The specific test we apply in considering whether the process afforded is "due" requires inquiry into three discrete areas:
First, the private interest that will be affected by the official action; second, the risk of an erroneous deprivation of an interest through the procedures used, and the probable value, if any, of additional or substitute procedural safeguards; and finally, the Government's interest, including the function involved and the fiscal and administrative burdens that the additional or substitute procedural requirement would entail.
Mathews v. Eldridge, 424 U.S. at 334-35, 96 S. Ct. at 902-03.
The first factor, the private interest, is an important one to plaintiffs and weighs in their favor. Assistance programs, by definition, involve the means to obtain food, clothing, housing and medical care. Goldberg v. Kelly, 397 U.S. 254, 90 S. Ct. 1011, 25 L. Ed. 2d 287 (1970).
The second Mathews factor, the risk of an erroneous deprivation and the value of substitute procedures, requires reference to the manner in which the hearings are conducted and suggested improvements thereof. Plaintiffs' argument centers, in large part, upon their contention that the risk of an erroneous deprivation through telephone hearings is quite high. Their argument that telephone hearings are a fundamentally unfair method of adjudicating rights is bottomed upon a number of contentions: plaintiffs argue that while participating in such hearings they cannot see the witnesses who testify against them; they cannot see documents from which witnesses testify; they have no way of discerning when witnesses confer with, and aid, each other during testimony and, finally, the hearing officer is deprived of the opportunity to observe witness demeanor and meaningfully judge credibility. Plaintiffs also argue that they are unable to observe the hearing officer's reaction to the testimony adduced at the hearing. Hence, they complain, they are deprived of various non-verbal indicia such as "a nervous gesture ... a bored or impatient look"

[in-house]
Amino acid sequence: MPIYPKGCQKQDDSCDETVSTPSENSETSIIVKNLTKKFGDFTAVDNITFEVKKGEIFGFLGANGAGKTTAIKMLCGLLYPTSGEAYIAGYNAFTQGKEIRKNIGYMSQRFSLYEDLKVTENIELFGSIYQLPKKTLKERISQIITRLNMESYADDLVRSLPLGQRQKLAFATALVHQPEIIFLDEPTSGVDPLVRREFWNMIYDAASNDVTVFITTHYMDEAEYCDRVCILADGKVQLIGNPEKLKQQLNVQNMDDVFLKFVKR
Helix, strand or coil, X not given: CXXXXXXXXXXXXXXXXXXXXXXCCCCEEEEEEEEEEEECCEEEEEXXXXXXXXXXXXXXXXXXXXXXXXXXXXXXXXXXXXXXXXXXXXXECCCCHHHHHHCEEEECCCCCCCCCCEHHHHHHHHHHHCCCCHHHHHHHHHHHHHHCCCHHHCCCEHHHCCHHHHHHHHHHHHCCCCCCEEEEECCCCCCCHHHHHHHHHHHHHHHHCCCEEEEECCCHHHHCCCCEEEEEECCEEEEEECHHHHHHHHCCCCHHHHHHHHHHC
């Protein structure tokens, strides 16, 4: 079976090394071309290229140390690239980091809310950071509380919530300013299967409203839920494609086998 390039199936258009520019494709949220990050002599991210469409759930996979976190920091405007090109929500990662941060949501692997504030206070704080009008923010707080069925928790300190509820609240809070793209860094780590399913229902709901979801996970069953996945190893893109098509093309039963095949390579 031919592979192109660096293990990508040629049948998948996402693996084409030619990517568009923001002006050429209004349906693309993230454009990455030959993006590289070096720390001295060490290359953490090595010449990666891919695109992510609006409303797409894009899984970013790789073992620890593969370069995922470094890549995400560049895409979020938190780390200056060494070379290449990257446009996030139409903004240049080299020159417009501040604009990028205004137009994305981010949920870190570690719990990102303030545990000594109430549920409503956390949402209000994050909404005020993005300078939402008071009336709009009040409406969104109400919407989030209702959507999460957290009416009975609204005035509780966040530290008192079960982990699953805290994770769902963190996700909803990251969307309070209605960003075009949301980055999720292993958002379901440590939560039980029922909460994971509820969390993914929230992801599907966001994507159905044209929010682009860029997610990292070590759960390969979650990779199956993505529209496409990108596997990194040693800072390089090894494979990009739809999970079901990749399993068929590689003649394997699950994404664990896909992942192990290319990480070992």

which would otherwise indicate to counsel the need to modify the line of inquiry.
Defendants respond to this by asserting that the current conference call procedures, whereby the parties share the same line but are not physically present in the same room during the hearing, meets constitutional demands. Continuing, defendants point out that they are currently in the process of installing speaker phones in offices of the various County Boards of Assistance.
Once this process has been completed, claimants and their witnesses will have the additional procedural safeguards of being able to confer inter se in an unimpeded manner during the course of the hearing. They will also be able to observe so-called defense witnesses, frequently "welfare caseworkers", during their testimony. The impending use of speaker phones throughout the state successfully meets most of plaintiffs' objections to the current hearing system.
Plaintiffs' only complaint which survives the installation of the speaker phones is that the telephone hearings deprive the examiner of the opportunity to visually judge demeanor and credibility. True, visual observation of a witness is frequently an important tool to judge credibility; the question before the Court, however, is whether such visual contact is required to satisfy the constitutional requirement of a "hearing".
For present purposes, we conclude that plaintiffs have failed to carry the heavy burden
of convincing us that face-to-face hearings are required in the situations involved in this case. In reaching this conclusion we are influenced by the testimony adduced at trial which shows that hearing examiners can effectively judge credibility over the phone by noting voice responses, pauses, levels of irritation and other factors.
Moreover, one survey shows that 82% of examiners who have presided over telephone hearings believe that they can properly judge credibility and that the procedure comports with due process.
Finally, we draw upon Gray Panthers v. Schweiker, 209 U.S. App. D.C. 153, 652 F.2d 146 (D.C.Cir.1980) which identified the constitutional contours of a "hearing". In Gray Panthers, the court considered a challenge to regulations promulgated by the Department of Health and Human Services whereby disputes for less than $ 100 were resolved by a "paper review", devoid of any "live" testimony. In a thoughtful opinion, the court held that the regulations offended due process considerations in failing to provide for an oral hearing. Although recognizing the value of face-to-face hearings
, the court refrained from holding that they are constitutionally required. In fact, the court repeatedly emphasized that "simplified, streamlined, informal oral procedures" can comport with due process and are permissible. 652 F.2d at 172. All that is required is an "informal opportunity to talk with the decisionmaker"
652 F.2d at 165. In articulating the constitutional dimensions of an oral hearing, the court carefully described it as one simply "oral in nature".
In particular, permissible "oral hearings" are not synonymous with "formal evidentiary hearings". 652 F.2d at 148, n. 3. Again stressing the constitutionally permissible informal hearing which the Government must provide, the court stated that "core procedural rights" include an oral hearing "however informally provided". 652 F.2d at 156. Finally, the court noted that the regulations subject to that challenge were deficient, at least in part, in that they failed to provide for "supplementary phone calls" to aid the decisionmaker. 652 F.2d at 170, n. 52.